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Vol. 104. Núm. 4.
Páginas 347-348 (Mayo 2013)
Vol. 104. Núm. 4.
Páginas 347-348 (Mayo 2013)
Case for Diagnosis
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Painful, Rapidly Growing Tumor in the Subungual Area of the First Digit of the Right Hand
Tumoración dolorosa de rápido crecimiento en la región subungueal del primer dedo de la mano derecha
M.R. Perelló-Alzamora
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Corresponding author.
, M. González-de Arriba, E. Fernández-López
Servicio de Dermatología, Hospital Universitario de Salamanca, Salamanca, Spain
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Medical History

A 51-year-old man presented with a very painful, rapidly growing tumor in the subungual area of the first digit of the right hand. The lesion had first appeared a month earlier. The patient had sustained a crush injury to the same digit 20 years earlier.

Physical Examination

Physical examination revealed a hyperkeratotic tumor with smooth, pink edges in the subungual area of the first digit of the right hand. The tumor was very painful on palpation and was causing the nail plate to separate from the nail bed (Fig. 1).

Figure 1

Histopathologic examination revealed hyperkeratosis with areas of parakeratosis, epidermal hyperplasia, and a central crater containing keratin (Fig. 2). Eosinophilic dyskeratotic cells and lymphoplasmacytic infiltrates were also observed.

Figure 2
Additional Tests

A plain radiograph revealed a cup-shaped lytic defect in the underlying distal phalanx (Fig. 3).

Figure 3.

A, Hematoxylin-eosin, original magnification ×20. B, Hematoxylin-eosin, original magnification ×100.


What Is Your Diagnosis?

DiagnosisSubungual keratoacanthomaClinical Course and Treatment

The diagnosis was confirmed histologically. Because the site of the tumor affected the patient's ability to pinch with his thumb and index finger, we chose to treat him conservatively. The patient received 2 local infiltrations of methotrexate (20mg/mL) with a 1-week interval between doses. Tumor regression was achieved, allowing the residual lesion to be treated with simple curettage. After 8 months of follow-up, the patient showed no signs of local recurrence or disease progression and partial reossification of the bone defect was observed in serial radiographs.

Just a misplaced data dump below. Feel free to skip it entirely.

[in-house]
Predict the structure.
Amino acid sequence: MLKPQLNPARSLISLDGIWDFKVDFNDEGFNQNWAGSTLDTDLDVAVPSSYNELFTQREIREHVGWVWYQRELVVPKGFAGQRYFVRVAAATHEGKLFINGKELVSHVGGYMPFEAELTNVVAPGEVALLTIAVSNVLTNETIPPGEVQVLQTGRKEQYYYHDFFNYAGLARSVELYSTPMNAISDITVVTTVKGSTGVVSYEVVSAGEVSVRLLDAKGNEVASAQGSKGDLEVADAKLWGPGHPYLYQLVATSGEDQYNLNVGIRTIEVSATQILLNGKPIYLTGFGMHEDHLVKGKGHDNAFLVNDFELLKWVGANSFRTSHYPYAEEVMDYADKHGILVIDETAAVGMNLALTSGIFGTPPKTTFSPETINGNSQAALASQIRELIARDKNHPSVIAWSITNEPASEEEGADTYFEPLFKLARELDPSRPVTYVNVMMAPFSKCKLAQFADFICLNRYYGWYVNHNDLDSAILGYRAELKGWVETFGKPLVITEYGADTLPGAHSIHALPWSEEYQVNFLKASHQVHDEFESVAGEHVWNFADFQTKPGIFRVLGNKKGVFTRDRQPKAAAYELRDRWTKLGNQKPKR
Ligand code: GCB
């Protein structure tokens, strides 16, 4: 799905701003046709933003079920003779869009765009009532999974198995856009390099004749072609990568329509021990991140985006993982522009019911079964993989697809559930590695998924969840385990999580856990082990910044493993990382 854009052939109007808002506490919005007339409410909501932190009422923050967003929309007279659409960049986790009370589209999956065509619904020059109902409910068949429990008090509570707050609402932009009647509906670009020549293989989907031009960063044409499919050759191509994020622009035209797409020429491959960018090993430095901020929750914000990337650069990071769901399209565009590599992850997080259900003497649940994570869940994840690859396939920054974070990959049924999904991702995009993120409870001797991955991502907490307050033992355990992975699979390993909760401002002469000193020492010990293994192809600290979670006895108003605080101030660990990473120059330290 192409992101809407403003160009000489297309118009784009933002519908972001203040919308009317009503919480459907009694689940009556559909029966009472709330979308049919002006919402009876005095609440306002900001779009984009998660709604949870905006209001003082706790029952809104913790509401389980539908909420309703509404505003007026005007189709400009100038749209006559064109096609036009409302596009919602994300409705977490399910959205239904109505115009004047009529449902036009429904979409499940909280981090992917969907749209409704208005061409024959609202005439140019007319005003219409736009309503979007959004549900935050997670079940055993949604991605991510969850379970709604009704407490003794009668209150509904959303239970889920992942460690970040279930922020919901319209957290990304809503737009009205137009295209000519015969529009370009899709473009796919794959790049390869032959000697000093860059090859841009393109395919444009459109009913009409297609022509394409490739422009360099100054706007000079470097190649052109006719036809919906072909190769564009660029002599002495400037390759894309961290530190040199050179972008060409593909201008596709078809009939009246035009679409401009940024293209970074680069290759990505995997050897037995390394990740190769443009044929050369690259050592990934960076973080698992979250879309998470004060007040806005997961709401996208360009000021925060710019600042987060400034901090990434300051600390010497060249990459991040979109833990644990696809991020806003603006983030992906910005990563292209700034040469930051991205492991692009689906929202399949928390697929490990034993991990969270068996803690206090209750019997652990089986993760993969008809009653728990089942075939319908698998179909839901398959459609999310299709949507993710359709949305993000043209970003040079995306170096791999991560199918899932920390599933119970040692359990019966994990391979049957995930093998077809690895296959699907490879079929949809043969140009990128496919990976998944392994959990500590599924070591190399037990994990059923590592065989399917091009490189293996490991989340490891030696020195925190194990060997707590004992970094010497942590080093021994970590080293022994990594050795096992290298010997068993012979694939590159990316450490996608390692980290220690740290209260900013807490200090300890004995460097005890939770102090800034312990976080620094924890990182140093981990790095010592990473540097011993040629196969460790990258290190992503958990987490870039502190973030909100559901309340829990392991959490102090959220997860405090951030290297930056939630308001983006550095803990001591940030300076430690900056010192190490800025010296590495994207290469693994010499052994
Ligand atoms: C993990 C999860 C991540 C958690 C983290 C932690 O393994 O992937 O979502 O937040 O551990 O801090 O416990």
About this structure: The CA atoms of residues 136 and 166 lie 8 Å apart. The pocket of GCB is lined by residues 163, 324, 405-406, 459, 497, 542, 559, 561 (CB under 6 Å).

Subungual keratoacanthoma is a rare, aggressive form of keratoacanthoma that was first described by Fisher1 en 1961. Most common in middle-aged men,2 the disease presents as a painful, hyperkeratotic tumor on the distal phalanx of a finger, in most cases the thumb.2 Characteristically, the tumor grows rapidly2 and causes destruction of the underlying bone. Subungual keratoacanthoma is often preceded by a history of trauma,2 as in the case of our patient.

Unlike common keratoacanthoma, subungual keratoacanthoma affects hairless skin, lacks epithelial cords,3 tends to invade deep tissues, and rarely regresses spontaneously.4 These characteristics explain why some authors consider subungual keratoacanthoma to be a low-grade variant of squamous cell carcinoma.5